Long Weekend Family Projects
by Rob Sproule
“Hamlet” is one of my favourite plays, and it’s on my mind every May Long Weekend as star-crossed gardeners float into the greenhouse, their eyes alight at the possibilities of a colourful, bountiful summer ahead. Through the cold, protracted months of winter, gardeners stare outside and await this weekend like kids await Christmas, and yet the indecision remains.
“To plant or not to plant,” is a familiar, hand-wringing refrain. Will a surprise frost snuff out those petunia’s and tomatoes’ mortal coil, or will you get more colour and fruit with the earlier planting?
My advise is to check the long-range forecast. If none of the night-time lows are below 2 degrees, go get your hands dirty! When you do get into your yard, why not make it a family affair?
Get the Family Involved
I’m consistently surprised that gardening isn’t at the top of every spring/summer list of family friendly activities. It’s outside, it teaches kids great habits, and you get to watch the literal fruits of your labour bloom and ripen for months to come.
The best way to get the kids involved is to start early and recognize their contributions. Tell them you that you need their help to make the garden amazing! Don’t just hand them a shovel and say, “dig”; make them feel included, incorporate their ideas and they’ll be racing to get outside.
Project #1: Edible Container Gardening
One of the most common laments I hear is, “I want to grow vegetables but don’t have the space.” I’m always happy to reassure them that all you need is a spot of sunlight to grow containers full of veggies.
Planting mixed edibles has taken container gardening by storm! People are learning that veggies, herbs, and small fruits are just as aesthetically beautiful as their ornamental cousins, and they’re proudly adorning their front doors and patios with tomatoes, eggplant, peppers, salad green, and rosemary.
The best way to get the family involved is to talk about food! If your son’s favourite food is pizza, he can help you plant oregano, tomatoes, and basil. If your daughter loves berries and cream, plant strawberries for a sweet summer treat. Plan it with them, take them shopping, plant with them, and they’ll count the days until those tomatoes and berries ripen.
Project #2: Planting a Garden
If you want to breath fresh life into that back corner of the yard, build an edible garden for even more bounty. Plant tasty treats like snow peas, strawberries, raspberries, and carrots, and you just must find the kids snacking in the yard instead of on the couch.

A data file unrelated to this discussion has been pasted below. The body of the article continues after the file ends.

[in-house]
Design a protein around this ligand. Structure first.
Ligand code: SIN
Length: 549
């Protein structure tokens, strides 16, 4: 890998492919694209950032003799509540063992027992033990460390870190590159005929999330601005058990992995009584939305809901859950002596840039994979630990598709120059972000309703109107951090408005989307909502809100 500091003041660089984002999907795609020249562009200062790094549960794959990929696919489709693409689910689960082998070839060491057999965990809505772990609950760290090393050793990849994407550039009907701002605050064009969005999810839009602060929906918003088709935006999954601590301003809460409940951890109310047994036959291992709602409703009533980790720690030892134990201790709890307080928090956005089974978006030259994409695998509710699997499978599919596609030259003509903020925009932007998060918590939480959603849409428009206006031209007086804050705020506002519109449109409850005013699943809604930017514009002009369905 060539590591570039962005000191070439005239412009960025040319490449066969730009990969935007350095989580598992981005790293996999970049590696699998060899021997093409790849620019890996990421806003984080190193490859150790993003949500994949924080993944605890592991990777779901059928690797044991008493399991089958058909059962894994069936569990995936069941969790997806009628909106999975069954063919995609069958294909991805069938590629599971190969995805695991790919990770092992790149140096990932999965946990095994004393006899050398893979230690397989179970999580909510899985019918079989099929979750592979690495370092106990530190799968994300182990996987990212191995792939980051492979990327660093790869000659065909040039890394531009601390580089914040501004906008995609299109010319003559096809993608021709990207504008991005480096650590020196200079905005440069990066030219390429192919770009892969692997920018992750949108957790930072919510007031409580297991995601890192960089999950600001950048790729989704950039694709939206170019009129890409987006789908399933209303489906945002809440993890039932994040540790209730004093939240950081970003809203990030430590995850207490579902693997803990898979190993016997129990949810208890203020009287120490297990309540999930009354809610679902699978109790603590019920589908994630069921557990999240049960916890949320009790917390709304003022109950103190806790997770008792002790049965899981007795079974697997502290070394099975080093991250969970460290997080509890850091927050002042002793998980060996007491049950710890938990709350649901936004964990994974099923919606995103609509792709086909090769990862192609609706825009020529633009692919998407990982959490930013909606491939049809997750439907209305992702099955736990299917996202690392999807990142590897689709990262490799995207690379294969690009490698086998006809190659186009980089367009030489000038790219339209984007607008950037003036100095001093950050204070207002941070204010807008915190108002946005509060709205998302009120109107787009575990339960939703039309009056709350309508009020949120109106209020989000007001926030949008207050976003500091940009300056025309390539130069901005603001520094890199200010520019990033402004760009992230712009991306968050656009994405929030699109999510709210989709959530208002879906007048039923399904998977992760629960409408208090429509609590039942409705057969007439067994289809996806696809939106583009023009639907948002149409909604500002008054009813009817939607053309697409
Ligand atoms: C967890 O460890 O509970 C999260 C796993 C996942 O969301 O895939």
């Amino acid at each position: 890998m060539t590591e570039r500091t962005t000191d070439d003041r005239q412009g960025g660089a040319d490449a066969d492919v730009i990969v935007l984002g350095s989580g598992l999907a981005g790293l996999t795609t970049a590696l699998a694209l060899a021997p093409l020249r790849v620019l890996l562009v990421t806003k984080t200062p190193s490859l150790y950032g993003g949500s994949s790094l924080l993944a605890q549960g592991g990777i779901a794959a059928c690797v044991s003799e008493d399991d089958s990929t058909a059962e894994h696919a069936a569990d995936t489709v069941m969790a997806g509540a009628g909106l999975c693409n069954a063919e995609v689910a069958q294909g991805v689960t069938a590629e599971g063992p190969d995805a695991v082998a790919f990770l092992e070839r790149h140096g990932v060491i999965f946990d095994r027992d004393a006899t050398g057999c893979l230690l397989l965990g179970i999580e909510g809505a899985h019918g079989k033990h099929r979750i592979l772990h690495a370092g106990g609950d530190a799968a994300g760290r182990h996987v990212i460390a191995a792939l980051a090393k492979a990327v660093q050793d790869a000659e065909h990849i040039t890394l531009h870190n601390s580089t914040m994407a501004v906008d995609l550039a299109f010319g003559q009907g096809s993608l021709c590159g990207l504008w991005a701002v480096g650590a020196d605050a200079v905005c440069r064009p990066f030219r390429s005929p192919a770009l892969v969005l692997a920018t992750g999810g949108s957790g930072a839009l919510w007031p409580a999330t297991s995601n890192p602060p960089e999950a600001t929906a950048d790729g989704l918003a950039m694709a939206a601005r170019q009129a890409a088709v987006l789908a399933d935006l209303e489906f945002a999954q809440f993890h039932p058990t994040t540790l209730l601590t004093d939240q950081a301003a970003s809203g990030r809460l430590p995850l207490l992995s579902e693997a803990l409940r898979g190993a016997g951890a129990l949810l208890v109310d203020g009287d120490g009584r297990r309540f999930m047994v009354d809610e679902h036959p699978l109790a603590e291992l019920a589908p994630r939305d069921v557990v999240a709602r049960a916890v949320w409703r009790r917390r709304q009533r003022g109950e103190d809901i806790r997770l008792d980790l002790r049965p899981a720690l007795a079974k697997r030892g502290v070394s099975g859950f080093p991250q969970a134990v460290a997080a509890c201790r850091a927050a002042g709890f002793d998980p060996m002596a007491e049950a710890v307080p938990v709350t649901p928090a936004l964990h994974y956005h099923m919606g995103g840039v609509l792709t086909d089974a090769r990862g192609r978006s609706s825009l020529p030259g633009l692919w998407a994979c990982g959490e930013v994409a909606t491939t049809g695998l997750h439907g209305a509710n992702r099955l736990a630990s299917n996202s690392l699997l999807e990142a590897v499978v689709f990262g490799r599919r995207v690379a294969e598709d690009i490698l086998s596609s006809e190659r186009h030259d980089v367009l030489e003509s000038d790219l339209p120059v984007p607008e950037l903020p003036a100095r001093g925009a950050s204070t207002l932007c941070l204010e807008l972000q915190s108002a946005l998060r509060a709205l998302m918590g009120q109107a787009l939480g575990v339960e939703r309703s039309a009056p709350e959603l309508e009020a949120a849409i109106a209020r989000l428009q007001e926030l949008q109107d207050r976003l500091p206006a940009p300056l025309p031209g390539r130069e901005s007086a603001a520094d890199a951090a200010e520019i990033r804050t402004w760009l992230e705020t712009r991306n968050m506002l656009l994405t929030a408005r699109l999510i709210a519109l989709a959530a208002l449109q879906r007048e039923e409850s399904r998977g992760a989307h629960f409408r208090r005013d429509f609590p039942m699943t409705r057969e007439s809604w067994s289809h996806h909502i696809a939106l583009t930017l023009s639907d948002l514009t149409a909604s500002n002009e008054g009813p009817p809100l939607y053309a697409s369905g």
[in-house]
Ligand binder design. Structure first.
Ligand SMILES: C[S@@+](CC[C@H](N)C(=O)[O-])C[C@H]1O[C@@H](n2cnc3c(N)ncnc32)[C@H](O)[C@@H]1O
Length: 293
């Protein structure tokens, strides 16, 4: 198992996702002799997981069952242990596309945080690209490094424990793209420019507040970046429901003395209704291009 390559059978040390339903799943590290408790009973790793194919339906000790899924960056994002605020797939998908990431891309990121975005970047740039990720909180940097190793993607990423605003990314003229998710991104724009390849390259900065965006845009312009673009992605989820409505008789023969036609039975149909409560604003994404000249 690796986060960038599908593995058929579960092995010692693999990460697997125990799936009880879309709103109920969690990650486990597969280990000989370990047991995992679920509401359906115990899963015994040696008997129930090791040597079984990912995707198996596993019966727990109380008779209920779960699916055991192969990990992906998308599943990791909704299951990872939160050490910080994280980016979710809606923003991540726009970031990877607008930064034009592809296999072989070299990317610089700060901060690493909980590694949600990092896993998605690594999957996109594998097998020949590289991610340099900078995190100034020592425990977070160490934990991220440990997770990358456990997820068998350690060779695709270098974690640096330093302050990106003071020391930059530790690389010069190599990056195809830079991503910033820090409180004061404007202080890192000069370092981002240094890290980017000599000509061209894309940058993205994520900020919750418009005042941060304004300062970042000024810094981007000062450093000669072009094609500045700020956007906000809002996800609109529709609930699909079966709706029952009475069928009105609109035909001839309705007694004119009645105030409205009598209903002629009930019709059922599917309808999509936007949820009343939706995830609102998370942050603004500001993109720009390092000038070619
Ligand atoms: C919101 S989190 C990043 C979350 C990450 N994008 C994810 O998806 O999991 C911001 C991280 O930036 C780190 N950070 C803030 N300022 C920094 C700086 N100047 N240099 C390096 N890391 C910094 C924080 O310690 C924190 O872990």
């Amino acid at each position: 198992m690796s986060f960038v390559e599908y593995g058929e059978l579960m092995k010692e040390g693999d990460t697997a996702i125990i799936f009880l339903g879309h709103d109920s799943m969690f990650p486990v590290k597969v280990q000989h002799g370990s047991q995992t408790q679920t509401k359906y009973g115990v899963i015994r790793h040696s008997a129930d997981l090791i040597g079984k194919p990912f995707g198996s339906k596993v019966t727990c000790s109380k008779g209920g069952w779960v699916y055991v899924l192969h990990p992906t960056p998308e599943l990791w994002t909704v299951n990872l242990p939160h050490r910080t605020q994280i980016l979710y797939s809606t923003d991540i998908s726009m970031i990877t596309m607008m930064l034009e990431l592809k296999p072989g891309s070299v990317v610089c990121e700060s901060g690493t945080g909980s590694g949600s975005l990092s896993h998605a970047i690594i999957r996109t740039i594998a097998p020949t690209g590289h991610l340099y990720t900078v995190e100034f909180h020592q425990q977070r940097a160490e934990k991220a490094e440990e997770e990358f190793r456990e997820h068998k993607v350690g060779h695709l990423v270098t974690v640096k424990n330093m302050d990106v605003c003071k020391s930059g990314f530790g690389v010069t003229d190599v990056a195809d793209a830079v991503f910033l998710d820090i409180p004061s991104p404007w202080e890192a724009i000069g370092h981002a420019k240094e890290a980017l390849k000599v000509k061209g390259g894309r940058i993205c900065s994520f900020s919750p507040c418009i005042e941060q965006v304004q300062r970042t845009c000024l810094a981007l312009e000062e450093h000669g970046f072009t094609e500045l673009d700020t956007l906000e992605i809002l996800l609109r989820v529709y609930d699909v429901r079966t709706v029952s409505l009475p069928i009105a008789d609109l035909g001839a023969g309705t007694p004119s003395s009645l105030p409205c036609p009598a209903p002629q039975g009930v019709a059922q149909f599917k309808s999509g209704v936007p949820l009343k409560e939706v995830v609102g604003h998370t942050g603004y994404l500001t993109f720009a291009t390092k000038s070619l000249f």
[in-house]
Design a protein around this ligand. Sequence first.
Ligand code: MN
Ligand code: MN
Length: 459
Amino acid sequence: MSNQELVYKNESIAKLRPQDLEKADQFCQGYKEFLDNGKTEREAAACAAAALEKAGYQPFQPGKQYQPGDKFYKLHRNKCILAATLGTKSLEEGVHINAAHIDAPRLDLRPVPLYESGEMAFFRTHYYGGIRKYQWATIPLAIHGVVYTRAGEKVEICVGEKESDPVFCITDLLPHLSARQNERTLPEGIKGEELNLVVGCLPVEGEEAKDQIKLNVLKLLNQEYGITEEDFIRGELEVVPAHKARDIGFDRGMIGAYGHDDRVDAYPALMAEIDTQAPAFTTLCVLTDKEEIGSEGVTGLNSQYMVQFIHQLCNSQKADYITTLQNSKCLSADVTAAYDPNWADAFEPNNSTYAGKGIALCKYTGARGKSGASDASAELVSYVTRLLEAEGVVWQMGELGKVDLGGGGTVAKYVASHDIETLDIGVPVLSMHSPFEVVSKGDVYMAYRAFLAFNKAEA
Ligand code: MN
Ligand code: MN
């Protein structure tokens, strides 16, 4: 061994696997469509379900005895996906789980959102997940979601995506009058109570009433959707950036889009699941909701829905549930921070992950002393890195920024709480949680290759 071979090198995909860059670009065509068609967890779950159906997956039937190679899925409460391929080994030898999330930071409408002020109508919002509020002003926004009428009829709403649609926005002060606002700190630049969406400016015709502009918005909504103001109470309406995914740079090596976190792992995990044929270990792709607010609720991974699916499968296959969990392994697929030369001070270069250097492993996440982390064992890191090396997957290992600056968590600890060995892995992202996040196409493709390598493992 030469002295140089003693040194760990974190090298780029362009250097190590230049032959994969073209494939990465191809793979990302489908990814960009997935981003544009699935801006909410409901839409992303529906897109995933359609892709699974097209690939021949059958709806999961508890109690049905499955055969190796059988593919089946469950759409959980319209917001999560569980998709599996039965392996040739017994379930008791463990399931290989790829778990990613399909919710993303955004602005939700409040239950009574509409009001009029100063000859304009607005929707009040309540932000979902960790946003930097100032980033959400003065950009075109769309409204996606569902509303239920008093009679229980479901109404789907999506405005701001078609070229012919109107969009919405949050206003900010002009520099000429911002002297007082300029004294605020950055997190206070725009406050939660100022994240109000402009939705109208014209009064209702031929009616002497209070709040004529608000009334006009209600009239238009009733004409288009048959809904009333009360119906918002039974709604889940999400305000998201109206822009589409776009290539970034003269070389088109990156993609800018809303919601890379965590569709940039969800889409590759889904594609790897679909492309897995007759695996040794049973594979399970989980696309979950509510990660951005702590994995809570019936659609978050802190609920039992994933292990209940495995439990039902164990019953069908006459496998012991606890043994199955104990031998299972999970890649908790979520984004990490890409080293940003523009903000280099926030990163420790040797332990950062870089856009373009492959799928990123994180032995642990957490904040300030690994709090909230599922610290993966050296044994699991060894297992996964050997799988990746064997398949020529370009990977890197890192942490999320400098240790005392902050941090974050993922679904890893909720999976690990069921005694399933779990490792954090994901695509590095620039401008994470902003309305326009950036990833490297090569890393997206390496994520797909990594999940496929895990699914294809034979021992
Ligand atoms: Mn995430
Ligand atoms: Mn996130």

There are a couple of ways to install an edible space. Both are more involved, set-up wise, than container gardening, but older kids can still help out.
The traditional method is to strip sod, fork in a generous helping of peat moss and sea soil, and dig a border in around the plot, which can be any size you want. Classic plots are fairly easy and cheap to install, but you may find more weed and drainage issues than with raised beds.
If Dad is handy, raised gardens look great and tend to grow better quality plants than their ground level cousins. I recommend using untreated wood, as treated may leech chemicals into the soil. Cedar will last decades, even untreated.
For an even easier solution, make a cinder block planter. They’re easy to find, cheap, and their hollow sides make ideal herb planters. Concrete will leech calcium into the soil, which will act as a natural bone-meal and ward off blossom-end-rot on tomatoes.
Once your new garden is ready, pack the kids up in the car and head out for seeds and starter plants. In May you can sow many seeds (carrots, peas, beans, salad greens) directly into the garden. Heat loving plants, like tomatoes and peppers, and longer season edibles, like melons and corn, are best started from starter plants.
It may be hard to get the kids outside initially, but once they get a taste for having their hands dirty it will be harder to get them back in. Every day I see kids whose eyes shine just thinking about growing their own flowers or, better yet, food.
Passing our love of gardening onto our kids is one of the best gifts we can give them. Not only is knowing how to grow food a valuable skill-set, but having an appreciation of how plants grow will nurture their natural wonder for the world around them.